Amy has been a champion throughout this ordeal. She’s missing her sweet Kiera and her heart is torn in two places, as only a mother or father knows. So Grant took Kiera Sunday afternoon & is taking her today to see her baby brother and her Mommy. Amy has not left her sons side for even a moment! My eldest daughter, Jessy is a very thoughtful person and she went up to the hospital Saturday and brought Amy an entire brand new outfit so she could shower & change clothes in Bryce’s room at the hospital. She was there several hours with Amy & Bryce during some testing. She had dinner from Panera, delivered to the hospital for Amy, Kiera & Grant. Jessy even brought a unicorn headband for little Kiera. She’s juggling her own family of 4, but she’s been calling Amy several times daily.

Amy’s friend, Sara, went to the hospital & brought Amy and Grant some food & stayed there several hours too.

We are blessed to have the best son in laws and all of their parents as well.

All of us are working together to make sure that Amy, Grant and Kiera are as settled as they can be. We are trying to pull together as one family, while the Drs figure out what’s going in with our dear little Baby Bryce.

Nothing else matters right ggnow, except that this little guy and his Mommy get back home and the “Fab 4” is back at home together again.

Now, I have to add that my soul-mate, My darling husband, Craig, has also been a champ!! He’s been driving the 1 hour drive there in midday and home late at night. He’s offered to get groceries and do laundry (which Grant has already taken care of!). He’s carted our home accessories, my favorite food & drinks back & forth and he’s played and read with Kiera. They adore eachother and his playfulness makes her giggle. He is my rock! I thank God for him every day.

Tragedy can bring out the best or the worst in people. In this case, the best in everyone has been shining through. To my daughters, their husbands & our grandchildren; “We are here for you all, through thick and thin. We will be here for you always. As long as humanly possible.

Tonight when Grant takes Kiera back home and puts her to bed, we will be going to see Bryce and Amy. I can’t wait to hold them both in my arms. We don’t know what is wrong with little Bryce yet. We are hoping it’s some kind of sucking, breathing & swallowing issue that will get better with some Occupational therapy. The Dr.’s are still contemplating a lung issue and test. We will know more soon, I pray.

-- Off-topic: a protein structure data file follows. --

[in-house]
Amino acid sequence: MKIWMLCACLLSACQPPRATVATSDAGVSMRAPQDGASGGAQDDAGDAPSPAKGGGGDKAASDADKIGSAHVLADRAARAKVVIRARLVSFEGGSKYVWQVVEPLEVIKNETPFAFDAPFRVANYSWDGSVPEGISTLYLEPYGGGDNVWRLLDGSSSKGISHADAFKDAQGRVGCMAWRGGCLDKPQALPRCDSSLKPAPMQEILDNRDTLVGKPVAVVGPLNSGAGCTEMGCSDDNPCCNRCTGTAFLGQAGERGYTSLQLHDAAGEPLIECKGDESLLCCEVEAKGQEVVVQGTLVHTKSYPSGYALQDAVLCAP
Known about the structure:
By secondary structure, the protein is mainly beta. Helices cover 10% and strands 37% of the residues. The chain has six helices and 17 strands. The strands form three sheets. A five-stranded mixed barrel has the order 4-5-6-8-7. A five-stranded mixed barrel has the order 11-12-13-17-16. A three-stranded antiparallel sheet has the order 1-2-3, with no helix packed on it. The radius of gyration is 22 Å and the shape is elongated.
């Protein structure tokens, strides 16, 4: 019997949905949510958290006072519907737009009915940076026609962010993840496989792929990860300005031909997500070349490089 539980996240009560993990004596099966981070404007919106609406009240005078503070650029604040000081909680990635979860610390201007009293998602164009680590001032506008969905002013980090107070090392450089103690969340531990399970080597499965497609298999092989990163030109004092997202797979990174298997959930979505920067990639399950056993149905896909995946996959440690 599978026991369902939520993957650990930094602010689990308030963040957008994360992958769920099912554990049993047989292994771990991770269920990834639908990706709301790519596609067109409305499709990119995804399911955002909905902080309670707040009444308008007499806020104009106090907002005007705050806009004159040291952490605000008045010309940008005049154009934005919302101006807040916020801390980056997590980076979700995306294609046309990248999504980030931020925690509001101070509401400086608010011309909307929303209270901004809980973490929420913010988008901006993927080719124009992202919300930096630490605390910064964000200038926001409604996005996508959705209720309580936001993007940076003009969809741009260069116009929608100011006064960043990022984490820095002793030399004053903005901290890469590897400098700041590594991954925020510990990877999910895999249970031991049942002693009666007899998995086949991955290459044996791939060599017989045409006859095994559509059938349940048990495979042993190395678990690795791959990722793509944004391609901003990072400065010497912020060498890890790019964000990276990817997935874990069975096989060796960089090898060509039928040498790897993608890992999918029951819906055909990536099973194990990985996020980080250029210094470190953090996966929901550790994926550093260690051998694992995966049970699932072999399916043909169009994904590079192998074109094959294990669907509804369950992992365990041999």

For now please keep this little guy in your prayers. Please keep his big sister and his Mommy and Daddy in your prayers as well. God made families for a reason. It’s so clear to me that nothing matters as much as the lives that he gives us & that we help bring into this world. Strength truly does lie in numbers. I’m so thankful for those who’ve been surrounding us with love, kind words & positive energy. I’m thankful for the families God has blessed my daughters with in this life.

International Stakeholder Community of Pain Experts and Leaders Call for an Urgent Action on Forced Opioid Tapering | Pain Medicine |Oxford Academic


The aforementioned article proves that there may be hope for the chronic pain community.

In 2016, Andrew Kolodny, (who is co-Director of Opioids policy Research at Brandeis University), along with a group of Addiction specialists & others, went behind closed doors to “invent” & then Implement the 2016 CDC Guidelines regarding the use of Opioids. These were Supposed to be just guidelines for primary care doctors. But they rapidly became “the law” in the eyes of the CDC, DEA, National News Media outlets, Pharmacies & our government officials. Today we even have legitimate, licensed pain management Physicians, heading for the hills! They’re Not following the Hippocratic oath. These physicians are abandoning patients & putting many at high risk, myself included. The way that the chronic pain community has been treated, has been outrageous.

Please feel free to share this article on social media. Print it out and take it with you to your Dr. appointments. Let’s also share it far & wide through the news media channels as well. They’ve been getting it wrong & now need to help change the hysteria & damage that’s been created.

“We, the under signed, stand as a unified community of stakeholders and key opinion leaders deeply concerned about forced opioid tapering in patients receiving lolong-term prescription opioid therapy for chronic pain. This is a large-scale humanitarian issue. Our specific concerns involve:
— Read on academic.oup.com/painmedicine/advance-article/doi/10.1093/pm/pny228/5218985